A free e-copy of this book was obtained through NetGalley in exchange for an honest review.
I requested for this book solely because of its description. A thriller with different geographical locations and politics thrown in the mix? Color me intrigued! I went in with high expectations. It was interesting in some places and disappointing in many.
Wavelength captures the two dominant threads of the first decade of the 21st century – greed and terrorism. It takes us from the stoops of Brooklyn to the bike paths of Amsterdam, to Afghanistan, Moscow and Zurich, to the backrooms of Brussels and Frankfurt and finally to the hazy diwans of Yemen. Dazzled by his new boss but harboring a soft spot for the Agency, Hayden allows himself to be pulled back in for one more run – a run that reminds him that people aren’t what they seem, a run that reinforces his belief that greed has no sell-by date. Several years after the dot com funeral pyre, Hayden Campbell a former CIA operative turned speechwriter finds himself working for the sixth richest man in the world, Aaron Cannondale. From this perch, Hayden watches as a Dutch student discovers a technology to send voice, video and data through Europe’s municipal water system. Standing in the way are European technocrats, the Russian mafia, a Swiss banker and a new breed of terrorist intent on wreaking havoc on the West.
This was a book that had so much scope, but most of it was not realized. Just looking at the synopsis shows that the author has an out of the world premise at hand. It just wasn’t handled in the right way throughout the book.
The characters’ portrayal lacked conviction. Most of the characters didn’t seem believable. A book about politics, business, and big money could bear with making its characters seem a little bit more despicable. But we just get an abstract reporting of events, where the way the characters interact with each other does not seem plausible at all. There was also a little of what was supposed to be romance but it just coughed, sputtered, and died at the hands of poor dialogue writing.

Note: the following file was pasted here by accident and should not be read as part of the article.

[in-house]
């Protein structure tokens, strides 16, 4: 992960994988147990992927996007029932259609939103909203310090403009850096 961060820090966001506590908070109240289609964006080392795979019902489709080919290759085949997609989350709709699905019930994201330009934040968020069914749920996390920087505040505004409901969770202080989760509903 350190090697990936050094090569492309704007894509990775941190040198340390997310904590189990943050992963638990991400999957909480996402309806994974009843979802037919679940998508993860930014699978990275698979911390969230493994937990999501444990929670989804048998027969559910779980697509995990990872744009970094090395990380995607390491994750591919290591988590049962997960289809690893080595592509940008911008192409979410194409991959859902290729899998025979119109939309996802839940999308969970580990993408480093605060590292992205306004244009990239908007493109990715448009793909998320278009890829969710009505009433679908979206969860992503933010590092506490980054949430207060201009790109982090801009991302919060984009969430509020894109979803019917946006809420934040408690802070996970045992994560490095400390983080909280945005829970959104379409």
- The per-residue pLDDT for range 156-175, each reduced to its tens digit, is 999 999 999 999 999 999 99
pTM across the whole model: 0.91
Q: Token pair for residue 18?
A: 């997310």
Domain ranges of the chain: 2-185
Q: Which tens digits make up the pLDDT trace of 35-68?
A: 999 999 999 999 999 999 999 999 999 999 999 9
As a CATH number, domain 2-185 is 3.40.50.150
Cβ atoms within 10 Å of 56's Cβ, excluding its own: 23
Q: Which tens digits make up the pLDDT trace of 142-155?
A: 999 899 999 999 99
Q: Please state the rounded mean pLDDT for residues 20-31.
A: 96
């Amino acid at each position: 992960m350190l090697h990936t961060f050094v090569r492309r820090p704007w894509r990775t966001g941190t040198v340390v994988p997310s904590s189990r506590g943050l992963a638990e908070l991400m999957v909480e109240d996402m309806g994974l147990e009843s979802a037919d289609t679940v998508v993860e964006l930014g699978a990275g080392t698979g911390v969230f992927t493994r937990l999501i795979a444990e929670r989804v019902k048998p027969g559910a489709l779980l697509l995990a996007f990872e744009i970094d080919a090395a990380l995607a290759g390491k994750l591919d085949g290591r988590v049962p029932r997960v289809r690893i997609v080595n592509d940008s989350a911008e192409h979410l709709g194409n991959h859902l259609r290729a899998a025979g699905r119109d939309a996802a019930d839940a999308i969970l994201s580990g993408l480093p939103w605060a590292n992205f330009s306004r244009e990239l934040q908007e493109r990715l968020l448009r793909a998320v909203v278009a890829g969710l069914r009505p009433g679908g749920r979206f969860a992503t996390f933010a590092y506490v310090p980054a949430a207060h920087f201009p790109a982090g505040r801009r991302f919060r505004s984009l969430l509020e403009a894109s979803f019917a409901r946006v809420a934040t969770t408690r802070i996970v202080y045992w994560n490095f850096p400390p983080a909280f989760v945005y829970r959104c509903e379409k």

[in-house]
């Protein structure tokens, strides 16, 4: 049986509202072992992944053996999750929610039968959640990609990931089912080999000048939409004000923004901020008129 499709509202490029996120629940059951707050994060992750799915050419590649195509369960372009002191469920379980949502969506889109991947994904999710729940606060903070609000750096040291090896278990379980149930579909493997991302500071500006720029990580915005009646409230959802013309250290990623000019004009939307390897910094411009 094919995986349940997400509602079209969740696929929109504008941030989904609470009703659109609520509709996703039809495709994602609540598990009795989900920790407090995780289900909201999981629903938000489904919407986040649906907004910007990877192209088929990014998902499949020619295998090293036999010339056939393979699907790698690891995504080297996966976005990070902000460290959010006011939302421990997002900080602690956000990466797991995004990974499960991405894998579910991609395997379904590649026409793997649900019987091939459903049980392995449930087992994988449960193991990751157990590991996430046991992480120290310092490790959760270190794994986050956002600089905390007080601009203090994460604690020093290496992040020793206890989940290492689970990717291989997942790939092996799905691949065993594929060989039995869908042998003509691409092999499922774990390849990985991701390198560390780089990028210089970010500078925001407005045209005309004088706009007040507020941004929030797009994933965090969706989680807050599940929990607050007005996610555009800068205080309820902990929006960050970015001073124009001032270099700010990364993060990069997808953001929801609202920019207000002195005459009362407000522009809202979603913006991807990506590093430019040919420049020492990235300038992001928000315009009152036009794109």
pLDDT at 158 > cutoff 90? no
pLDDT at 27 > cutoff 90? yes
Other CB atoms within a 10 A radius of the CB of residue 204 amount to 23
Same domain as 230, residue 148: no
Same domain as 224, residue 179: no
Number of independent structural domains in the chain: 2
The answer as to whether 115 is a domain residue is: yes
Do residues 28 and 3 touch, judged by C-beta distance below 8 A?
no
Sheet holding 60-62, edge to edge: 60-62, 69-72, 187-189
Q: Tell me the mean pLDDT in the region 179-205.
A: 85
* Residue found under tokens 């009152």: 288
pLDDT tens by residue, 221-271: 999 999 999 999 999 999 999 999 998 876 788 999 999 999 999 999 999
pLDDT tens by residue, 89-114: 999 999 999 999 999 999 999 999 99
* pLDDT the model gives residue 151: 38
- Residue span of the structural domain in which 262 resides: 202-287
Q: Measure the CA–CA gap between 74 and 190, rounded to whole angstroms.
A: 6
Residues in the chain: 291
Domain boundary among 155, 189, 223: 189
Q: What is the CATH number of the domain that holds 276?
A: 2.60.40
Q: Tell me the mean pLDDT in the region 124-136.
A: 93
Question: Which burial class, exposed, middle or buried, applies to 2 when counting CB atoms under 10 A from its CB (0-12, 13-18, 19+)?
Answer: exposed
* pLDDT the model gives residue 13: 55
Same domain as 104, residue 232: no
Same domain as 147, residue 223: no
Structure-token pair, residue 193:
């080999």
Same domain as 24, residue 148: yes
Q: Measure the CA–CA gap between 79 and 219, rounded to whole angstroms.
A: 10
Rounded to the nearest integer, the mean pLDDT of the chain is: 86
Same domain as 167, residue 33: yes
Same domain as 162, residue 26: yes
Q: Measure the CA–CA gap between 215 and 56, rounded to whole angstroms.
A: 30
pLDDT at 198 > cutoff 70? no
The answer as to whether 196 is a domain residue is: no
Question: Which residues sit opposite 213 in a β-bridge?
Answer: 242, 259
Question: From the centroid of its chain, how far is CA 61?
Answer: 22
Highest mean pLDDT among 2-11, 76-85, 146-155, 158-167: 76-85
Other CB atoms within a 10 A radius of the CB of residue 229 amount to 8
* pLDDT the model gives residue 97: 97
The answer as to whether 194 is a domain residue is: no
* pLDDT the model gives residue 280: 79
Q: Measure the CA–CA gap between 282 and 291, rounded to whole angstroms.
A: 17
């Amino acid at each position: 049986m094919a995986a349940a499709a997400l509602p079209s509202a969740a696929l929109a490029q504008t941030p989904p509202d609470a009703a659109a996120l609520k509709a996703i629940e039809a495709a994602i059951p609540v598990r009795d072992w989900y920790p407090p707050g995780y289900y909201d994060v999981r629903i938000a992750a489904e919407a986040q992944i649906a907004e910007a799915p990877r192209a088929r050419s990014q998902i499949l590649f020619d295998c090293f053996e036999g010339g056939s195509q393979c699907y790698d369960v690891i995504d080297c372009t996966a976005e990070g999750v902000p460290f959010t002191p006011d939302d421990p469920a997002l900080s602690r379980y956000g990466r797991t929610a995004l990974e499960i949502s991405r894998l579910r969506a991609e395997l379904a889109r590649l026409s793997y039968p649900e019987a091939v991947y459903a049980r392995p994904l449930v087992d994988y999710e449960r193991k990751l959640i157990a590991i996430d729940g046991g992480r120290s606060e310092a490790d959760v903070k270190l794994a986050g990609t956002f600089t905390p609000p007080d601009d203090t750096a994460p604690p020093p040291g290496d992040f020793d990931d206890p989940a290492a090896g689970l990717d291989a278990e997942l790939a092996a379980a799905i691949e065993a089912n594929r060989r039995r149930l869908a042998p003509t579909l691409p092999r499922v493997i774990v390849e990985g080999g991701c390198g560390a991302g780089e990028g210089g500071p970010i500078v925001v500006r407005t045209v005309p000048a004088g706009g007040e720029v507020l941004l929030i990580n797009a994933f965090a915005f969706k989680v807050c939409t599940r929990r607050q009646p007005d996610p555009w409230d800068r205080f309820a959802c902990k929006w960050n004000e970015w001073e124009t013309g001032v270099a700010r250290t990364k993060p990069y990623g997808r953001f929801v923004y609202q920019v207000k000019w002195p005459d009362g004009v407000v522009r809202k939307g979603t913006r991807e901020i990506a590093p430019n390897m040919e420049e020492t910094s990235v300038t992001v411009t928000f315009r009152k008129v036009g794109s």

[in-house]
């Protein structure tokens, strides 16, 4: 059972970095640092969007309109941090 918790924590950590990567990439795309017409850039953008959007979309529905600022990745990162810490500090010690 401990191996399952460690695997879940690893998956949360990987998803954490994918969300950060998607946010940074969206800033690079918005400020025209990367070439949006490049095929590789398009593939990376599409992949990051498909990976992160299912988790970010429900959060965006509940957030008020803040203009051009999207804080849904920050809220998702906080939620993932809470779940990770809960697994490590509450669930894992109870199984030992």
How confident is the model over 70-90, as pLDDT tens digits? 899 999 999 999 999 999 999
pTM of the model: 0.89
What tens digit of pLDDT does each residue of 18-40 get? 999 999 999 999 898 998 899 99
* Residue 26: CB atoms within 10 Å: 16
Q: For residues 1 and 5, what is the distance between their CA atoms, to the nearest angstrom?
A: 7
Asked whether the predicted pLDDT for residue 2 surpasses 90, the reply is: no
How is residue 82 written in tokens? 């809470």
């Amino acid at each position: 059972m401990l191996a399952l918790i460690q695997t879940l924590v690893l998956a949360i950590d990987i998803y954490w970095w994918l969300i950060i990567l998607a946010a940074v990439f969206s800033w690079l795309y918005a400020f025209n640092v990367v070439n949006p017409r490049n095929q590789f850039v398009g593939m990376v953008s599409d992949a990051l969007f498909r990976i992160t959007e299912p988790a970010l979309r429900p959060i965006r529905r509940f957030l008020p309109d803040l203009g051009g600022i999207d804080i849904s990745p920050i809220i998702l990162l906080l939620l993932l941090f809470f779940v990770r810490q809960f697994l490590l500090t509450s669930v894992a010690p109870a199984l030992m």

Coming to the writing, it was the saving grace of this book. You can see Morrison’s speech writing career reflected on page. The book has stellar writing and this eases the rough edges of the dialogues. While the writing was impressive, the dialogues fell flat. The characters interacting with each other just wasn’t written that well.
The world building was handled in a decent way. A book with so many geographical locations offers up numerous chances to explain different settings way more than necessary. But the author knows where to draw the line and this was very satisfactory. There were some instances where this line was breached. There is a whole paragraph talking about water in a way only people who’ve studied chemistry would be fine with reading. Other people just will not be interested in hearing about hydrogen bonding and molecular geometry, thank you very much.
The plot was not strong enough. It could have been handled in a better way. A story where a lot of factors come into play should have an airtight plot. Here, it was more like all the plots from a Spin a Wheel plot generator where haphazardly thrown together. The different angles just did not gel well with each other.
There is also a terrorist angle in the book and these were the chapters that I had most fun reading. A book focusing just on this too would’ve been more interesting. Maybe if the plot and the story were refined in some places, I’d like it a little bit more. But for now, this book gets a low rating for not realizing exactly what it could have been.
2.5 out of 5
So, what did you think of my review? Let me know in the comments! 🙂